Oracle CEO Larry Ellison did his best to play down concerns about NSA hacking into his business customers' private data.
At an industry conference in San Francisco, an audience member asked the Oracle co-founder what to tell potential Oracle cloud-computing clients who worry that the National Security Agency could access their information.
Ellison chose his words extremely carefully. He said that "to the best of our knowledge," an Oracle database has not been broken into for a couple of decades by anybody.
He said the databases were so secure there are people that complain they are too difficult to use.
However, Ellison implied that the only thing businesses have to worry about is the NSA cracking an Oracle database. If they managed that, Ellison is saying he had no knowledge of it. But he is also not saying what Oracle would do if an NSA spook showed up with a court order and demanded he handed over all the data on a business client, which is a scenario that many businesses are worried about.
However, David Litchfield, an established security expert and frequent speaker at top hacking conferences, disagreed with Ellison's comments and said he regularly sees Oracle systems being compromised.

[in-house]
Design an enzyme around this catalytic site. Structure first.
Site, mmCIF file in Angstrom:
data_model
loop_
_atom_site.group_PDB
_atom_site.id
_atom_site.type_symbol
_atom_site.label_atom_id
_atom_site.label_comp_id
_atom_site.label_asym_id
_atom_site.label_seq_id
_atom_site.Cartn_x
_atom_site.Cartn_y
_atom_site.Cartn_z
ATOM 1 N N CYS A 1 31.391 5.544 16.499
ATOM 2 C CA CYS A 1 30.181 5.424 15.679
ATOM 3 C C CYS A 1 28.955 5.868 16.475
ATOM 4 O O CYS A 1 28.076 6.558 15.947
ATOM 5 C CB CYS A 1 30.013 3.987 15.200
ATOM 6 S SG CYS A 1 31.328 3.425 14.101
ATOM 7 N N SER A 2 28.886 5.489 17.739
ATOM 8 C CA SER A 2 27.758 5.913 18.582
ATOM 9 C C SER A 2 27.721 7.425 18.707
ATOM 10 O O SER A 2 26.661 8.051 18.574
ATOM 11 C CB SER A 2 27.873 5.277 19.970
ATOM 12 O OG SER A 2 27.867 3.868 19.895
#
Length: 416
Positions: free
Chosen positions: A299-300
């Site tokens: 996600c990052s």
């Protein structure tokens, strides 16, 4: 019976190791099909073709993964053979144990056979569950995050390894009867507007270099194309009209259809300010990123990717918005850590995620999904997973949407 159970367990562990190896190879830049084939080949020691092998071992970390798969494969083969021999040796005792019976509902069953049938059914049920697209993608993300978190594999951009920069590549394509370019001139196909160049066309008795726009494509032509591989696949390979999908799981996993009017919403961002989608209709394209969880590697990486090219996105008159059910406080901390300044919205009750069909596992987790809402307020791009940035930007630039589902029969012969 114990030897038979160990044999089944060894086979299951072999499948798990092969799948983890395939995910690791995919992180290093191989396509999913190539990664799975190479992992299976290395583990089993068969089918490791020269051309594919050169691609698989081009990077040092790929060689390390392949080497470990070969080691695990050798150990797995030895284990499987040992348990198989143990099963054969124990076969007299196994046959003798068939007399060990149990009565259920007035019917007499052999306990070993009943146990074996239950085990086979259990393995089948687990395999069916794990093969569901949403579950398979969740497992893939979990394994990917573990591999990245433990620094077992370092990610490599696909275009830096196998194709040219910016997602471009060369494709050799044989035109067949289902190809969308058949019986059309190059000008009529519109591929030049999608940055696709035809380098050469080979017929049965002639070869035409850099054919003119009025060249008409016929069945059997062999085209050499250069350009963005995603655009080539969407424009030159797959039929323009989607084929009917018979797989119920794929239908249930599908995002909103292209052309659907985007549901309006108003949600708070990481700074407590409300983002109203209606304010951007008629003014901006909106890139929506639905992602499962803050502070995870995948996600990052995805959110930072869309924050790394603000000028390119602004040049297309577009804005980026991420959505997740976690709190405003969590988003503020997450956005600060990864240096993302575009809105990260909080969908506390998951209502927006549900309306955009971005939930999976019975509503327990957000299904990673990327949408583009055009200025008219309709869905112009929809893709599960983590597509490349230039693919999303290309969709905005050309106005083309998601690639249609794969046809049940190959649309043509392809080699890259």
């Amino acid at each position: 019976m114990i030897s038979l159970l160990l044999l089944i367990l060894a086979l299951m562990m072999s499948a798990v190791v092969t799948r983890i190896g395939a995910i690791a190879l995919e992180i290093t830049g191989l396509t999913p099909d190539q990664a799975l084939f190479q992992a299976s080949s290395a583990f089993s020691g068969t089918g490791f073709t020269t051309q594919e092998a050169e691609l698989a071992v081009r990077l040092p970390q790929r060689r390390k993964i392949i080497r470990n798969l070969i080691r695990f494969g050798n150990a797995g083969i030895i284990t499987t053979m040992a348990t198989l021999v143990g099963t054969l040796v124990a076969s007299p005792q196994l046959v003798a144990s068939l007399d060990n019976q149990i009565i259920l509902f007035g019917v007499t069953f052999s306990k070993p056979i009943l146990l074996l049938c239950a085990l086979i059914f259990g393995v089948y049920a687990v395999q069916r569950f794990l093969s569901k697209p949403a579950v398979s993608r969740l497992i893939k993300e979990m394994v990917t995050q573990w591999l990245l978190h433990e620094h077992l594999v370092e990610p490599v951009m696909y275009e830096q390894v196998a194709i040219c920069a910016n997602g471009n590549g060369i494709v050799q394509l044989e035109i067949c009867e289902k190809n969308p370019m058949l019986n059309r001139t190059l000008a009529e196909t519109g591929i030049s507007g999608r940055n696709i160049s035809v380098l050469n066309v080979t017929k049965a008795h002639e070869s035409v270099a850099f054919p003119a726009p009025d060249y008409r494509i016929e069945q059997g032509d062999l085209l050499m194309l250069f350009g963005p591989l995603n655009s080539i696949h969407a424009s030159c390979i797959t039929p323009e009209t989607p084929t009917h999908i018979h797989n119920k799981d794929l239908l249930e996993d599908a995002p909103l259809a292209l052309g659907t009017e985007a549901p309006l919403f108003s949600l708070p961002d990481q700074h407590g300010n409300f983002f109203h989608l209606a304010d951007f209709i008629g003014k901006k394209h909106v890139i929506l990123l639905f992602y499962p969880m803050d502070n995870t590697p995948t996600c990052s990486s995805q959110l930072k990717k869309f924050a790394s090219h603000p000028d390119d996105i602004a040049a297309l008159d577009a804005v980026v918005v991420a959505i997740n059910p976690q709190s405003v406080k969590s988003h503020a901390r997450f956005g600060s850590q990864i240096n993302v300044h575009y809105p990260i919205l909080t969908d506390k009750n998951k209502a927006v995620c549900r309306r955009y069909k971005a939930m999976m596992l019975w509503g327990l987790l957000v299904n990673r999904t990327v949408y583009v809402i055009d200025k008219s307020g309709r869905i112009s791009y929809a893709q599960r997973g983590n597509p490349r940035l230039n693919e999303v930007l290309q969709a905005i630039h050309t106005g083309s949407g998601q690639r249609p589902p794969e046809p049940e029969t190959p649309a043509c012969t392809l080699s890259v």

In fact he told Reuters that of all of the commercial databases, Oracle is the least secure.
Ellison got his start doing work for the CIA. In 1977 the spooks asked him to design a database, codenamed Oracle. The same year, Ellison and his colleagues founded the database company that would eventually be renamed Oracle.
Ellison and Oracle have also been one of the few IT outfits in the US who has publically endorsed the NSA's spy programme. In an interview with CBS News' Charlie Rose in August, Ellison said he believed the NSA's widespread surveillance was essential to preventing terrorism. Still nothing to worry about eh?